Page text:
This highlights the opportunity to evolve Eskom from its current limited role as a purchaser and transmitter of green electricity generated by independent power producers to a hub of renewable energy production.

This is a significant shift from the stance taken by the Zuma administration, which had drifted towards pushing nuclear energy at all costs and stifling renewable energy development.

In contrast, the present ANC policy formulators seem to view renewables as the opportunity for a big leap away from the increasingly dated looking coal-based economy.

Eskom’s role in the renewables sector is just one change being mooted as part of a package of major changes. Another is deregulation of the sector. For example, the Democratic Alliance (DA), South Africa’s official opposition party, supports the privatisation of the electricity sector, and in particular favours municipalities being able to choose how they procure their electricity. This would have to be effected by the expansion of large-scale private sector electricity generation through independent power producers.


The advance of the new renewable energy technologies naturally threatens previously well-established power technologies. Energy from coal in particular will be declining in view of the global imperative to reduce carbon emissions to reduce the threat of global warming.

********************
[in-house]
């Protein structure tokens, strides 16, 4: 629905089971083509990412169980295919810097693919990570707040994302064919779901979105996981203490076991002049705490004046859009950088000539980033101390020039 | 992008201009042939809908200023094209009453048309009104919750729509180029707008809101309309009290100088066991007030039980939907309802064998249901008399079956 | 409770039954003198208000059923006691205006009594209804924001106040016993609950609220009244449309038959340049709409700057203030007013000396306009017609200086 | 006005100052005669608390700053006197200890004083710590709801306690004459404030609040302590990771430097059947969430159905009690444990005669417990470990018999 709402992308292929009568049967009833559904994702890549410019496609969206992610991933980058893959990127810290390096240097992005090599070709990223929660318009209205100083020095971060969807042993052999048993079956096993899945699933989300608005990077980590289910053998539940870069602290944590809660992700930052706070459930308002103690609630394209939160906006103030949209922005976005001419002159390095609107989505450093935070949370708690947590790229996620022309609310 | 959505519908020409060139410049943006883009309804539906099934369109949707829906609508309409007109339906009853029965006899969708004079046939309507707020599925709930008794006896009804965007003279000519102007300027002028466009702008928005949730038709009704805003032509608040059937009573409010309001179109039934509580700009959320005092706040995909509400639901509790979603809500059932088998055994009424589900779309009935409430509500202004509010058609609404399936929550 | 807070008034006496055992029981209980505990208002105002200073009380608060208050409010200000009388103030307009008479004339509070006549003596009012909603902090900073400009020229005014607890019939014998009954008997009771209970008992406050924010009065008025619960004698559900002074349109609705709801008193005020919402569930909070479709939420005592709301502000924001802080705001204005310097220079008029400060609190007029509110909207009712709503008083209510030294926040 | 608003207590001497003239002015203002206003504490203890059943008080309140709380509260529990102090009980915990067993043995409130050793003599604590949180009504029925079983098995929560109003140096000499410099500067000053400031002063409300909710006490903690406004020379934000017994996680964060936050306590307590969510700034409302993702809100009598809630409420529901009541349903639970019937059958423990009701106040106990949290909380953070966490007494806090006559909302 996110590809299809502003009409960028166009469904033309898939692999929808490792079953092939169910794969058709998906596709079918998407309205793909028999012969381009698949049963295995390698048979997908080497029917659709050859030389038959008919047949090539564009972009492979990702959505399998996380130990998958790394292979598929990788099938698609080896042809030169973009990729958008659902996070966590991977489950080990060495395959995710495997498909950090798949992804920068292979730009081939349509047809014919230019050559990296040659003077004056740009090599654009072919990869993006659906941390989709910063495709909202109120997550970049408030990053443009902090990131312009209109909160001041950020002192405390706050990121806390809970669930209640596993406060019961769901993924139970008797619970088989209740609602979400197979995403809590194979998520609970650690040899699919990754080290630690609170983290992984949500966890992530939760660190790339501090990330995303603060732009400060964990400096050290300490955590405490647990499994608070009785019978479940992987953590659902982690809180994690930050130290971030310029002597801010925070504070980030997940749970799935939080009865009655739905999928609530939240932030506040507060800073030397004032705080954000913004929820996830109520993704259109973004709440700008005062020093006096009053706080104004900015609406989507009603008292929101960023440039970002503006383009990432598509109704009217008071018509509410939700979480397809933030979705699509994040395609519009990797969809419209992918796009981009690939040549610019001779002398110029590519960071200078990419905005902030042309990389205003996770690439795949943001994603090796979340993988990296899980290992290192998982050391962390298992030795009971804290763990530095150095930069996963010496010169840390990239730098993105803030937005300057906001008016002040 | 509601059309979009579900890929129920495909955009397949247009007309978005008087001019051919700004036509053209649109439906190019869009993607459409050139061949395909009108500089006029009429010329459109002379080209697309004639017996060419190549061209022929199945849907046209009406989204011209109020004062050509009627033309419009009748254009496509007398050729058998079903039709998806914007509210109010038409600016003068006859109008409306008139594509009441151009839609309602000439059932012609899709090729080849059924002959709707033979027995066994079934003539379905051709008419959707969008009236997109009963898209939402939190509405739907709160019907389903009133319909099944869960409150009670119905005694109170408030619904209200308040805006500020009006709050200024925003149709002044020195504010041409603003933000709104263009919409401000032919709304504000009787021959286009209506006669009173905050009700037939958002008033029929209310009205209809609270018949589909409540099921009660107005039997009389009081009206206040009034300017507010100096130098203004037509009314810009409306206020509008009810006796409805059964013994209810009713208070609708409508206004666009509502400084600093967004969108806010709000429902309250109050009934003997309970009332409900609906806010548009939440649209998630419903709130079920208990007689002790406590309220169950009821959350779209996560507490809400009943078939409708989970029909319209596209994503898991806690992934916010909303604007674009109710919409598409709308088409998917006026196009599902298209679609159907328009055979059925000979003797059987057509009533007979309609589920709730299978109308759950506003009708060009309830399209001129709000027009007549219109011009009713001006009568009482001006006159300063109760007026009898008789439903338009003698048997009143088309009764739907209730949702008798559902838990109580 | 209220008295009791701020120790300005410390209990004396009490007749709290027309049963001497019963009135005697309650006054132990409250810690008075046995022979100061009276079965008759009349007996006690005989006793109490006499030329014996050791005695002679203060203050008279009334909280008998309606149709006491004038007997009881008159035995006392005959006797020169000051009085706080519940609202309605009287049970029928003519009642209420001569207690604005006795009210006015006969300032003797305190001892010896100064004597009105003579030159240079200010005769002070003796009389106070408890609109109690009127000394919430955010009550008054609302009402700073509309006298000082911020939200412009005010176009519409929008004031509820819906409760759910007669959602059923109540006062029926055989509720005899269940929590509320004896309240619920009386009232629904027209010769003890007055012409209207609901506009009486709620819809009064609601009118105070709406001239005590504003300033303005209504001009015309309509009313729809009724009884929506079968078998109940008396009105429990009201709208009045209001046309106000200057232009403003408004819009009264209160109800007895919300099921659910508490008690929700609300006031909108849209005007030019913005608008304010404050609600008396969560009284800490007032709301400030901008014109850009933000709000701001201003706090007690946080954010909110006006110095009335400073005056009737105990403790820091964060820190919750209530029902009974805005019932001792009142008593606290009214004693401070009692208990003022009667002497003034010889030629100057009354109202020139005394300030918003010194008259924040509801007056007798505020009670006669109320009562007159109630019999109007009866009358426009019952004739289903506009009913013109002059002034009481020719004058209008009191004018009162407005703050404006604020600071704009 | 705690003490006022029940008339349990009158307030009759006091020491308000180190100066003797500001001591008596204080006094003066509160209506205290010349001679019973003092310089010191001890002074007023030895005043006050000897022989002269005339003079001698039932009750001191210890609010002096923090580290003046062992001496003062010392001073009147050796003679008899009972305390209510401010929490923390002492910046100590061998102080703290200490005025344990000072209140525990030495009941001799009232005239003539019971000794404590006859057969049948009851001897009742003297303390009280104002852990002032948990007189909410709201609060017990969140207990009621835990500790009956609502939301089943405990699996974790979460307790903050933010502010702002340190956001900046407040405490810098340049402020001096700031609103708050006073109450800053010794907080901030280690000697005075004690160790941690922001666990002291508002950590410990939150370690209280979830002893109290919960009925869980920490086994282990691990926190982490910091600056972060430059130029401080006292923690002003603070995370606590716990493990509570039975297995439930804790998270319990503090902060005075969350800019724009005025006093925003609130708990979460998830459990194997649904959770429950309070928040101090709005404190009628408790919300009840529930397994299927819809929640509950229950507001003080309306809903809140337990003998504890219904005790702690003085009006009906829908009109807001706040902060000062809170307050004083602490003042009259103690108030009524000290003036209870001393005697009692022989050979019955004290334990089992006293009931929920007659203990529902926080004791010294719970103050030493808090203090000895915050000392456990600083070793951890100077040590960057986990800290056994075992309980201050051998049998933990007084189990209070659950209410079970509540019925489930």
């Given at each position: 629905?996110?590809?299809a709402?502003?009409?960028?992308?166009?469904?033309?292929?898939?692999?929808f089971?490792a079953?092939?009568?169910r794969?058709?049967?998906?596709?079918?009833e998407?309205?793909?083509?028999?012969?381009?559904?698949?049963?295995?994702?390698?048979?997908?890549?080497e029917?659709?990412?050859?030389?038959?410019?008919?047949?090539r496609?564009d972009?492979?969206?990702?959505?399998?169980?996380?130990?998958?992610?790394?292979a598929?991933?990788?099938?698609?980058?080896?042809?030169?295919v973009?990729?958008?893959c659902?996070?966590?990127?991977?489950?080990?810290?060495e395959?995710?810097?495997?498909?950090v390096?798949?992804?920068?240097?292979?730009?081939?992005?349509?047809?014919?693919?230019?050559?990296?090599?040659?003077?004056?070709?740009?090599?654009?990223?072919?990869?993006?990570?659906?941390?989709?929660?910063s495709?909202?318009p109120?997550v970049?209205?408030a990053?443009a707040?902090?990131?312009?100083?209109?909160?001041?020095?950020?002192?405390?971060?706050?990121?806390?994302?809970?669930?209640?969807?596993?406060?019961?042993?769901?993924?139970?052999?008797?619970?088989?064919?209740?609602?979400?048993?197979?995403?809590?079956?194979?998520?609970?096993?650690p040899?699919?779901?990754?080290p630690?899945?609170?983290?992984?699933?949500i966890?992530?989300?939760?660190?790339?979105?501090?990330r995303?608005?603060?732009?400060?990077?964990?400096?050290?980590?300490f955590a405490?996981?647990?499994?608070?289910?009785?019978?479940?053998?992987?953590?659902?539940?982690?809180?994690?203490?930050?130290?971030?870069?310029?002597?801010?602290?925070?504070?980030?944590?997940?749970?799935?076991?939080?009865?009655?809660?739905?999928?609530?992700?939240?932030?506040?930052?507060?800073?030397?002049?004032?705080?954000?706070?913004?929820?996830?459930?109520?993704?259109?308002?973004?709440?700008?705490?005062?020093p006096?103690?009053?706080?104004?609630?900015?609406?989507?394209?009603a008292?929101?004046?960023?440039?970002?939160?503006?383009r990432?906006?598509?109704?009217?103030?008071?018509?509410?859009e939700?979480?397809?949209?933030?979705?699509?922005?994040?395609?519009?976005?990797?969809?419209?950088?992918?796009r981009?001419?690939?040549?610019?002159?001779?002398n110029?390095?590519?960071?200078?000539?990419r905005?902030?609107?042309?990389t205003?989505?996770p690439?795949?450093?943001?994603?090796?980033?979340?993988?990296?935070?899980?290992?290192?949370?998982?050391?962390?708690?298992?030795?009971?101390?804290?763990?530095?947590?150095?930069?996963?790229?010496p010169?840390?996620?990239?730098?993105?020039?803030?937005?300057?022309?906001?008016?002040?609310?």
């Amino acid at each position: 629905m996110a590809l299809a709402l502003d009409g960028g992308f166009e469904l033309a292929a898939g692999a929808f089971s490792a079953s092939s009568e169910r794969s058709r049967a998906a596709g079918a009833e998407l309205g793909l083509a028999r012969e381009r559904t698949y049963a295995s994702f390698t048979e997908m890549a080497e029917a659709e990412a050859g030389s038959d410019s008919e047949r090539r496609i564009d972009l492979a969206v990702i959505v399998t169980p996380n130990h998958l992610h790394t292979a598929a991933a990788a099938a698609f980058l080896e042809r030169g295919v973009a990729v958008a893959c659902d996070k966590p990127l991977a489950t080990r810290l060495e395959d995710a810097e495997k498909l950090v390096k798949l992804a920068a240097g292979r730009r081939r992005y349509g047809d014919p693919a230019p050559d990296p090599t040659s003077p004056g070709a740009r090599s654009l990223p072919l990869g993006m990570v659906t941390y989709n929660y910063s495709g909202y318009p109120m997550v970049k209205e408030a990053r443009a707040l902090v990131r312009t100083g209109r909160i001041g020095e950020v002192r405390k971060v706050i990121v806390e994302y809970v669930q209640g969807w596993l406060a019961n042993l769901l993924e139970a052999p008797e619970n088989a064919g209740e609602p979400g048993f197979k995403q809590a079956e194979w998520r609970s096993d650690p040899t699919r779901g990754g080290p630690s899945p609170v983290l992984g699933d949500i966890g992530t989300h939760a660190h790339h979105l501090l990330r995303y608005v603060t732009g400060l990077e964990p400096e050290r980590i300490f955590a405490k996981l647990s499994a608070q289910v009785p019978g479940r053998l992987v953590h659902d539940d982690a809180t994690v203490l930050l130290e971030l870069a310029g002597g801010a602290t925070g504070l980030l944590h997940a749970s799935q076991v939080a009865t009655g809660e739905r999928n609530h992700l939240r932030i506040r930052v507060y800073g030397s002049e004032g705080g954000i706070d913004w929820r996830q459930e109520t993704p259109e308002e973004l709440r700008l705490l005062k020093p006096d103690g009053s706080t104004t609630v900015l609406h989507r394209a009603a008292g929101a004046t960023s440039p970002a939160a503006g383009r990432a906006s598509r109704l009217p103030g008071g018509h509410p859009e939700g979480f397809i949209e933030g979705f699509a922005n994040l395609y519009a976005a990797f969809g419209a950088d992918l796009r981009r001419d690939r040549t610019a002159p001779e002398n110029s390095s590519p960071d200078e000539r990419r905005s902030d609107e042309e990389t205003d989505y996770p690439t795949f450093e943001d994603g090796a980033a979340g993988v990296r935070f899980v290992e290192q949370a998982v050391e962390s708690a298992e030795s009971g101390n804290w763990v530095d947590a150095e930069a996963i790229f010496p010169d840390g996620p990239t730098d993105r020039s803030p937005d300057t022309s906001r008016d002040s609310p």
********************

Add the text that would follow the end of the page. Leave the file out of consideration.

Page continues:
South Africa is a major coal exporter. Any move against coal would put the coal mining sector in a precarious position. And talk of winding down coals has spawned fears of major job losses. As a result trade unions in the sector are on high alert.

Those involved in designing a new energy future for the country are aware of these fears. As a result, measures are being mooted to soften the impact. These include retraining coal-sector workers and preferential localisation of renewable energy plants in traditional coal mining areas.

Despite this, coal and nuclear lobby groups have in the last two years upped the ante with a campaign targeting the independent power producers based on the high cost of the electricity supplied by the earliest solar and wind farms.

This line of argument ignores the fact that the latest renewable plants produce electricity at a cost lower than would be the case from new coal or nuclear power stations.

Ramaphosa’s juggling act

Ramaphosa has a tough juggling act to pull off. Does he have the political will, and space within a fractious ruling party, to announce a truly bold new path for Eskom? Can he set down a vision for a modern, renewables-driven energy framework?

Given that it’s an election year he will need to keep his trade union allies on his side. And he’ll have to face down an industry lobby that won’t want to give up coal. But he knows that the country’s economic upturn is paramount now, and that the energy sector transformation goes hand in hand with that. 2019 will see some bold moves into a new energy future.The Conversation

Hartmut Winkler, Professor of Physics, University of Johannesburg

This article is republished from The Conversation under a Creative Commons license. Read the original article.